'Help to Buy' hopefuls set for disappointment
For first-time-buyers, the government's Help to Buy schemes seem like the answer to all their problems. No longer will mortgage lenders shun their 5% deposit, but they'll be queuing up to lend the money they need to finally get a foot on the property ladder.
Unfortunately many of them are set for a horrible disappointment - because they haven't made the right preparations.
DemandThere are two 'help-to-buy' schemes. The first is for new-builds: if you have a 5% deposit, the government will lend you 20%, so you only need a mortgage to cover 75% of the cost. For older houses, you borrow 95% from the lender - but the government will guarantee a portion of the mortgage.
They are enormously popular. A study by Experian CreditExpert has revealed that an incredible 39% of 20-40-year-olds are planning to take advantage of them in 2014. The scheme is particularly popular with 20-somethings: 33% of those who want to take advantage are aged 20-24 and 31% are aged 25-29.
DisappointmentHowever, while some may get the lifeline they expect, thousands more will be in for a horrible disappointment - because they're going to be turned down.
The most worrying problem, revealed by Experian CreditExpert, is that many people haven't saved enough of a deposit. Some 7% have not saved anything at all, and 26% don't have the £5,000 minimum you need to take part in the scheme.
For the rest, the problems aren't so much financial as organisational. The very first step - and the simplest - is to ensure you are on the electoral roll at your current address. This is a bare minimum for the initial identity checks that lenders do, but 60% of help-to-buy-hopefuls aren't on it.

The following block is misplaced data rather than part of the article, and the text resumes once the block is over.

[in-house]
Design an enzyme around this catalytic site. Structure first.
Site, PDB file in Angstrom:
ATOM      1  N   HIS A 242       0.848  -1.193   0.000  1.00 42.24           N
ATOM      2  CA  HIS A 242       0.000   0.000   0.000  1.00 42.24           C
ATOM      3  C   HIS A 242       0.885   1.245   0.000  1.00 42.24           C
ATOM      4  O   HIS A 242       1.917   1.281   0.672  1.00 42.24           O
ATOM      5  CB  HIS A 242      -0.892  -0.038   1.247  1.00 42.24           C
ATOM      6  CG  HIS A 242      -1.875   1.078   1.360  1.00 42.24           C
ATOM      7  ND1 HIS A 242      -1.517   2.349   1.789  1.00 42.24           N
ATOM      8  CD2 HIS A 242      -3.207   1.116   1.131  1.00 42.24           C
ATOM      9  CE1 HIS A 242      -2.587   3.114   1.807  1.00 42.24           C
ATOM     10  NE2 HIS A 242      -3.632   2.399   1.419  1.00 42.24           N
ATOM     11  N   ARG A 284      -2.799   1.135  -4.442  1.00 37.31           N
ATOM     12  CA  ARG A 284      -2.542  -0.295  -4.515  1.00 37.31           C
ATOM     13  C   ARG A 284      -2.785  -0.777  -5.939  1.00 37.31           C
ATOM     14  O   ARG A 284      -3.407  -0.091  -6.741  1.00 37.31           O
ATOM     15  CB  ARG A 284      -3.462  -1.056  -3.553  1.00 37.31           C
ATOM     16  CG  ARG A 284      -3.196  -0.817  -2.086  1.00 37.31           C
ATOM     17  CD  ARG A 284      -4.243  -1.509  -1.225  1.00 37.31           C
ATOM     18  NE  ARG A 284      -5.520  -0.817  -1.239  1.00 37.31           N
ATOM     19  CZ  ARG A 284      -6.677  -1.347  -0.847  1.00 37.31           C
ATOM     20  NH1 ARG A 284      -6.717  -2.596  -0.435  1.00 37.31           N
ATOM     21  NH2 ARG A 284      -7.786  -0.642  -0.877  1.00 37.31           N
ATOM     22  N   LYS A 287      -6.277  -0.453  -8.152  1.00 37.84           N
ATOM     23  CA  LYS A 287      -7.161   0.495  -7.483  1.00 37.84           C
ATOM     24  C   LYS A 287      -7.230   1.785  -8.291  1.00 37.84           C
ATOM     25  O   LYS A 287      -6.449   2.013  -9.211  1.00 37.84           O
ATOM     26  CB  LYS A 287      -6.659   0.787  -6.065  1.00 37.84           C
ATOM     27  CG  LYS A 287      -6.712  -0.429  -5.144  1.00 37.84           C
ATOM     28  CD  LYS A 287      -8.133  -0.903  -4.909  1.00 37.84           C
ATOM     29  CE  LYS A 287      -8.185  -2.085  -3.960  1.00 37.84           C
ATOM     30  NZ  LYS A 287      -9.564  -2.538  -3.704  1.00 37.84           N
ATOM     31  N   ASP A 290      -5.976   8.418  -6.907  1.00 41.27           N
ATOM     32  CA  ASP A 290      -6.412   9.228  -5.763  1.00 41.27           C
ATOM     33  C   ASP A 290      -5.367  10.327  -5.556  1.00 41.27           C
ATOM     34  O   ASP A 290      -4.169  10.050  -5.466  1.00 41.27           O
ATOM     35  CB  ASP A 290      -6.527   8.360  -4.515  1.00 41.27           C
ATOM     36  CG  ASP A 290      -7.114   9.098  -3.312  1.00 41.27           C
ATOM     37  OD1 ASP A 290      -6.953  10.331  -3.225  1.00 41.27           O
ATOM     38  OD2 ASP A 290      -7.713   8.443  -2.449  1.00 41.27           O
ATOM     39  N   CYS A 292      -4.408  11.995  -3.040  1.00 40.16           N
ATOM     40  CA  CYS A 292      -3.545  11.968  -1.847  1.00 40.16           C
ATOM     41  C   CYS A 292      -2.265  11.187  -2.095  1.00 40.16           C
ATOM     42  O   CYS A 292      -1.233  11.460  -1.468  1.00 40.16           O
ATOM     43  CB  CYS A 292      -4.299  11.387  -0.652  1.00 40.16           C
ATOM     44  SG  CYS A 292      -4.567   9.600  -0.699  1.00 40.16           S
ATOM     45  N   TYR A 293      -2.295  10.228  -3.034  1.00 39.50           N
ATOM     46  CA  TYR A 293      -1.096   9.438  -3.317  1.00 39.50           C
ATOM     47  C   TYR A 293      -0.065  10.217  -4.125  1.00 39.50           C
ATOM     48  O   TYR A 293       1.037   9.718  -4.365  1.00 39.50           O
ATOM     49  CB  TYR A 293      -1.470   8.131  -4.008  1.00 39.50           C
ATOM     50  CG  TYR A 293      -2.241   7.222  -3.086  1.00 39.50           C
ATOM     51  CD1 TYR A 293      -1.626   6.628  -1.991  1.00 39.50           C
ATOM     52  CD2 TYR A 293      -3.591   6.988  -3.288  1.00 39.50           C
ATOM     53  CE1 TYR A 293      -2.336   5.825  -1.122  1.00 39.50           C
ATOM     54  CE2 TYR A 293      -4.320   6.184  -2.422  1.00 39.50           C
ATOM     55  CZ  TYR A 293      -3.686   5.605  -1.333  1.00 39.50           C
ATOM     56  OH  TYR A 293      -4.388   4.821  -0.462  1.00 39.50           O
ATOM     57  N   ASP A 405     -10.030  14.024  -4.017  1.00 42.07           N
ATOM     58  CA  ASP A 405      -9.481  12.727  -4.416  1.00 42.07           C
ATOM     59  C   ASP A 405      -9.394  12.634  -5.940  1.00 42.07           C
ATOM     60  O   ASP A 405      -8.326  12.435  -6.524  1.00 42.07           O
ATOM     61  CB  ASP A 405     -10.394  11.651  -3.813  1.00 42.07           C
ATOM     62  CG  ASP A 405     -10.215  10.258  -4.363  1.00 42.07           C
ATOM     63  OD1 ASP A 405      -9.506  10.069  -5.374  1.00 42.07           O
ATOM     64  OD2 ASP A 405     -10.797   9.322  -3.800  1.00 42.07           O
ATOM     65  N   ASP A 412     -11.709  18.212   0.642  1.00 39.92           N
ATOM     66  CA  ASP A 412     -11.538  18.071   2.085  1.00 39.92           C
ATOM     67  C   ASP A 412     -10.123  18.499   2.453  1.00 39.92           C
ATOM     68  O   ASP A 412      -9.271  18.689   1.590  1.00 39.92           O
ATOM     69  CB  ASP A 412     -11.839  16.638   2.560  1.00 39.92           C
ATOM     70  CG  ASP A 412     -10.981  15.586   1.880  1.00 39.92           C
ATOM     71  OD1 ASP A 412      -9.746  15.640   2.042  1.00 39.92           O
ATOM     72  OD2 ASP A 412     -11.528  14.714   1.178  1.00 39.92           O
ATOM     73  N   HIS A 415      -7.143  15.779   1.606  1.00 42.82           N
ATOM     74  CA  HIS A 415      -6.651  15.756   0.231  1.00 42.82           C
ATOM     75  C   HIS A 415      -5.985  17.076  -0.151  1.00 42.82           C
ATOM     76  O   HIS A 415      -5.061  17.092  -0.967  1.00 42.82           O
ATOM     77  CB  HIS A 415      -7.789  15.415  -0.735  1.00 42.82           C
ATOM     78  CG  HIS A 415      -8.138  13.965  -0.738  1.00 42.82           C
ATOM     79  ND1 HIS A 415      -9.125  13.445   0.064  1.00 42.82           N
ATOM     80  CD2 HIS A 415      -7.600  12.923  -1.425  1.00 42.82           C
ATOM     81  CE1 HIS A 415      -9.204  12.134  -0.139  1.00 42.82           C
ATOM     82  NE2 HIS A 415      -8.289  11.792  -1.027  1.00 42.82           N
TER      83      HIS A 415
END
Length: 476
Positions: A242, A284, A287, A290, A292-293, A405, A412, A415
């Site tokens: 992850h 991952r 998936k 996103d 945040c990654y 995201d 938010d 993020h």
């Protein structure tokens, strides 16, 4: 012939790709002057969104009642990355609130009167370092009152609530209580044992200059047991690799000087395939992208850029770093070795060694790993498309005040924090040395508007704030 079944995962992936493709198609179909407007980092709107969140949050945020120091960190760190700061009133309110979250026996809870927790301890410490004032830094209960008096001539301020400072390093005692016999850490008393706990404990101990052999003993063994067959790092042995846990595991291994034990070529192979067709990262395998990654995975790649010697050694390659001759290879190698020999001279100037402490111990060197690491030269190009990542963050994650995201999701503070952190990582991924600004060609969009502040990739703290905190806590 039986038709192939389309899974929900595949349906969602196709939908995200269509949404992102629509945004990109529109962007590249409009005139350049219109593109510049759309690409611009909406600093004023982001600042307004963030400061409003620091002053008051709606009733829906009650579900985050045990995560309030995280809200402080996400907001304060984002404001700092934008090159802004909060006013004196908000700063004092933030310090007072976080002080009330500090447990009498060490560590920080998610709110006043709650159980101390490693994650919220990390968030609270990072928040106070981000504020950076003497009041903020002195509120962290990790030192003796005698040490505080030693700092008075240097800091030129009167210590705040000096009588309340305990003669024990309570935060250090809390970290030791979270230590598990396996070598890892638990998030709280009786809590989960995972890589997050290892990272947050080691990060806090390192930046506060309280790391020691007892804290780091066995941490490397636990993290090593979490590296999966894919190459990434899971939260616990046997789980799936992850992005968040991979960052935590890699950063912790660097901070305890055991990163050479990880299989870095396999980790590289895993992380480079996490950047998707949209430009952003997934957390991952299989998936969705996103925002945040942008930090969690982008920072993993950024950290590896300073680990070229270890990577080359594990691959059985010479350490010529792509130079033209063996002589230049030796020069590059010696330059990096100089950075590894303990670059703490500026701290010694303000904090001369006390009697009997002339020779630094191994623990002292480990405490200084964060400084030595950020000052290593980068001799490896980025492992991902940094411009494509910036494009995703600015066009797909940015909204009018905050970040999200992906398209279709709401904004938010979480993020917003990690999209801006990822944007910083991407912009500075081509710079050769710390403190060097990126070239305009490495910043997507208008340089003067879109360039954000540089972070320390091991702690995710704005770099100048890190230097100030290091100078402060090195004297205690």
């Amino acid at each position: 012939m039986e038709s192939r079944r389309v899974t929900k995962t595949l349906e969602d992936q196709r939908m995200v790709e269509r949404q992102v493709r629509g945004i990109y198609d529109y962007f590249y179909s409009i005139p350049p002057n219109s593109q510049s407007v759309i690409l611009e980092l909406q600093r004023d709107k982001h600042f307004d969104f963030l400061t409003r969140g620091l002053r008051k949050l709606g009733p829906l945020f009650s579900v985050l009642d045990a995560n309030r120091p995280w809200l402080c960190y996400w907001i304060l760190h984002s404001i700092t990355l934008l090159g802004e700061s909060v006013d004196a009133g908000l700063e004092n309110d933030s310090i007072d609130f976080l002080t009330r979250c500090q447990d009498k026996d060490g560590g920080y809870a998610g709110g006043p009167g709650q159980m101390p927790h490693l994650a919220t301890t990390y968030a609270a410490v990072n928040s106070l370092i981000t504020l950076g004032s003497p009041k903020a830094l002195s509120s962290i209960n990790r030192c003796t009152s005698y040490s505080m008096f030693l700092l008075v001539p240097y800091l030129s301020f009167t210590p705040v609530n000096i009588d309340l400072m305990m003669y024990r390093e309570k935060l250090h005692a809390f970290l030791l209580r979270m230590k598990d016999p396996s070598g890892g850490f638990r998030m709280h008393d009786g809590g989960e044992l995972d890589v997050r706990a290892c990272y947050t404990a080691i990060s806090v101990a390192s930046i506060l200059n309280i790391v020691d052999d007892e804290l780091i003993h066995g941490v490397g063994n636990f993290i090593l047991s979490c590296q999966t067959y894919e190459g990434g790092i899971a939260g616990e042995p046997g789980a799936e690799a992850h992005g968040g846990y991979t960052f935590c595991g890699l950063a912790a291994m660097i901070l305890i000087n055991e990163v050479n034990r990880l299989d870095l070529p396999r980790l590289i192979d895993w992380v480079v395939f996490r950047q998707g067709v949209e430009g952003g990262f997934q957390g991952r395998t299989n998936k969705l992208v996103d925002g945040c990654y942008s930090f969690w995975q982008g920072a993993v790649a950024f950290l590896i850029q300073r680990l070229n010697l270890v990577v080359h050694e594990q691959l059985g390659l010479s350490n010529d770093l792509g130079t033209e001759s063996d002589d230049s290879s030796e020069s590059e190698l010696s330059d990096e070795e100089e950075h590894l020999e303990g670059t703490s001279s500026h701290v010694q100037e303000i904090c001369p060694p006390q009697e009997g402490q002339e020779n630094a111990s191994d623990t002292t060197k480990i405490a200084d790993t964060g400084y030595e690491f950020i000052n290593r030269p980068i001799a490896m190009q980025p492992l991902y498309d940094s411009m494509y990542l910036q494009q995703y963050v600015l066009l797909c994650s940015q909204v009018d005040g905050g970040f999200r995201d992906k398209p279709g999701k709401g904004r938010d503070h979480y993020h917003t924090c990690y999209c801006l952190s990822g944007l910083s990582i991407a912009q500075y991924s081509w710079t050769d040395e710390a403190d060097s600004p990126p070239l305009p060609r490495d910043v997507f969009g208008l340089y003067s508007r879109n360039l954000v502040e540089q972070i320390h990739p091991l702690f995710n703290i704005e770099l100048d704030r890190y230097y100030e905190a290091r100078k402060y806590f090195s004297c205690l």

The next step should be to check your credit report, to ensure there aren't any red flags for lenders. Some 25% of hopefuls haven't taken this step.
The third part of the process is to be sure you are managing your money wisely, so you appeal to mortgage lenders. This means not slipping into the red on your current account, not being borrowed to the max on your credit cards, and not missing bill payments. One in seven of people planning to apply haven't managed their current accounts well in the past few years, and on average they owe £4.600 in other borrowing.
Part of the problem is that 14% of these hopeful buyers think that the government scheme isn't going to be as rigorous as a typical mortgage lender - when in fact the opposite is likely to be true.
Improve your chancesExperian CreditExpert has put together five tips for those considering the scheme to help prepare their credit rating for an application.
1. Understand what is on your credit report. Is everything accurate and up-to-date? Pay attention to addresses, whether you're listed as being on the Electoral Roll at your current address, financial associations which are no longer relevant and or outstanding accounts that should be marked as settled.
2. Does your credit score need work? You may need a period of good management of your finances before you start making any applications if you have had problems in your past.
3. Decide what kind of mortgage you want, how much you can afford and compare products you are likely to qualify for. Only when you've found the best deal should you ask for an agreement in principle.
4. Do you want a quote or an agreement in principle? A quote will tell you what mortgage rate you're likely to get and what your repayments would be but does not require a full credit check. An agreement in principal will tell you if a lender will offer you a certain size of mortgage and is treated as an application and will leave a footprint on your credit file. Too many footprints could cause future lenders to be concerned you have been rejected for previous applications
5. Remember your credit report is only one part of your application. Lenders also use the information provided on your application form and that they already hold on you (if you're applying through your bank, for example).